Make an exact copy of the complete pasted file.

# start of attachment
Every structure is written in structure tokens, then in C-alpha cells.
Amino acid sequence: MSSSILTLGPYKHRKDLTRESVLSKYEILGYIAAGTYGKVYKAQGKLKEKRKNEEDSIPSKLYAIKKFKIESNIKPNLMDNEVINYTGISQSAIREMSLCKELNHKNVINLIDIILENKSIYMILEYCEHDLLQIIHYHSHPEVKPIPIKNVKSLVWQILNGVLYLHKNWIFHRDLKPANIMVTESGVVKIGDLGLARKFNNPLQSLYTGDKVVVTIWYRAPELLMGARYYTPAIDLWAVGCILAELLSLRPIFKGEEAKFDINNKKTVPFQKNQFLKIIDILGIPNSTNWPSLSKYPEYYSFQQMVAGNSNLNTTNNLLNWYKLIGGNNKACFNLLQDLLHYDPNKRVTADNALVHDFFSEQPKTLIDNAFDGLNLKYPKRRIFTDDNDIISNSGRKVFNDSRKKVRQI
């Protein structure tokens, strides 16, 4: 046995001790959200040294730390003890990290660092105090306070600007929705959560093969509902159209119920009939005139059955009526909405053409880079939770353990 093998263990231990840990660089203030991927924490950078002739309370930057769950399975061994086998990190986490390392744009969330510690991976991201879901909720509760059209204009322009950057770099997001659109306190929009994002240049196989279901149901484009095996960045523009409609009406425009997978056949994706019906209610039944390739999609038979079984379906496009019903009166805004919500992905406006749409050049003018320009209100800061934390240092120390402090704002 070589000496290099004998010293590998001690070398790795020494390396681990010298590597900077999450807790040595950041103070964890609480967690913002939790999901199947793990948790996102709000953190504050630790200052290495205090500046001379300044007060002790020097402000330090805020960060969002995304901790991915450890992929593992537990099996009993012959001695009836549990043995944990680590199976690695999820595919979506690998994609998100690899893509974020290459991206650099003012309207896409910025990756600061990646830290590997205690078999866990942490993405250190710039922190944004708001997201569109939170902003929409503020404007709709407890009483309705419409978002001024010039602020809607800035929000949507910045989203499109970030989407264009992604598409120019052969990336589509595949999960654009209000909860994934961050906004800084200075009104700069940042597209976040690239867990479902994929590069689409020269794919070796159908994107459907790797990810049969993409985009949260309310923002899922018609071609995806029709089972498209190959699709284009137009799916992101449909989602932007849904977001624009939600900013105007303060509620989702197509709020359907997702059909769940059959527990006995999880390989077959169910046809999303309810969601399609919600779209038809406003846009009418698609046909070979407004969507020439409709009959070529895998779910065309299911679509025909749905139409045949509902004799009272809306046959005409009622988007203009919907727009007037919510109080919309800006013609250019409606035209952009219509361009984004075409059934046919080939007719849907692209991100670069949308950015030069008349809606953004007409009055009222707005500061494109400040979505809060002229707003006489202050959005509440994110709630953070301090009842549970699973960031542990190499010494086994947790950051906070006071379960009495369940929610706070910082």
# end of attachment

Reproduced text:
Every structure is written in structure tokens, then in C-alpha cells.
Amino acid sequence: MSSSILTLGPYKHRKDLTRESVLSKYEILGYIAAGTYGKVYKAQGKLKEKRKNEEDSIPSKLYAIKKFKIESNIKPNLMDNEVINYTGISQSAIREMSLCKELNHKNVINLIDIILENKSIYMILEYCEHDLLQIIHYHSHPEVKPIPIKNVKSLVWQILNGVLYLHKNWIFHRDLKPANIMVTESGVVKIGDLGLARKFNNPLQSLYTGDKVVVTIWYRAPELLMGARYYTPAIDLWAVGCILAELLSLRPIFKGEEAKFDINNKKTVPFQKNQFLKIIDILGIPNSTNWPSLSKYPEYYSFQQMVAGNSNLNTTNNLLNWYKLIGGNNKACFNLLQDLLHYDPNKRVTADNALVHDFFSEQPKTLIDNAFDGLNLKYPKRRIFTDDNDIISNSGRKVFNDSRKKVRQI
């Protein structure tokens, strides 16, 4: 046995001790959200040294730390003890990290660092105090306070600007929705959560093969509902159209119920009939005139059955009526909405053409880079939770353990 093998263990231990840990660089203030991927924490950078002739309370930057769950399975061994086998990190986490390392744009969330510690991976991201879901909720509760059209204009322009950057770099997001659109306190929009994002240049196989279901149901484009095996960045523009409609009406425009997978056949994706019906209610039944390739999609038979079984379906496009019903009166805004919500992905406006749409050049003018320009209100800061934390240092120390402090704002 070589000496290099004998010293590998001690070398790795020494390396681990010298590597900077999450807790040595950041103070964890609480967690913002939790999901199947793990948790996102709000953190504050630790200052290495205090500046001379300044007060002790020097402000330090805020960060969002995304901790991915450890992929593992537990099996009993012959001695009836549990043995944990680590199976690695999820595919979506690998994609998100690899893509974020290459991206650099003012309207896409910025990756600061990646830290590997205690078999866990942490993405250190710039922190944004708001997201569109939170902003929409503020404007709709407890009483309705419409978002001024010039602020809607800035929000949507910045989203499109970030989407264009992604598409120019052969990336589509595949999960654009209000909860994934961050906004800084200075009104700069940042597209976040690239867990479902994929590069689409020269794919070796159908994107459907790797990810049969993409985009949260309310923002899922018609071609995806029709089972498209190959699709284009137009799916992101449909989602932007849904977001624009939600900013105007303060509620989702197509709020359907997702059909769940059959527990006995999880390989077959169910046809999303309810969601399609919600779209038809406003846009009418698609046909070979407004969507020439409709009959070529895998779910065309299911679509025909749905139409045949509902004799009272809306046959005409009622988007203009919907727009007037919510109080919309800006013609250019409606035209952009219509361009984004075409059934046919080939007719849907692209991100670069949308950015030069008349809606953004007409009055009222707005500061494109400040979505809060002229707003006489202050959005509440994110709630953070301090009842549970699973960031542990190499010494086994947790950051906070006071379960009495369940929610706070910082």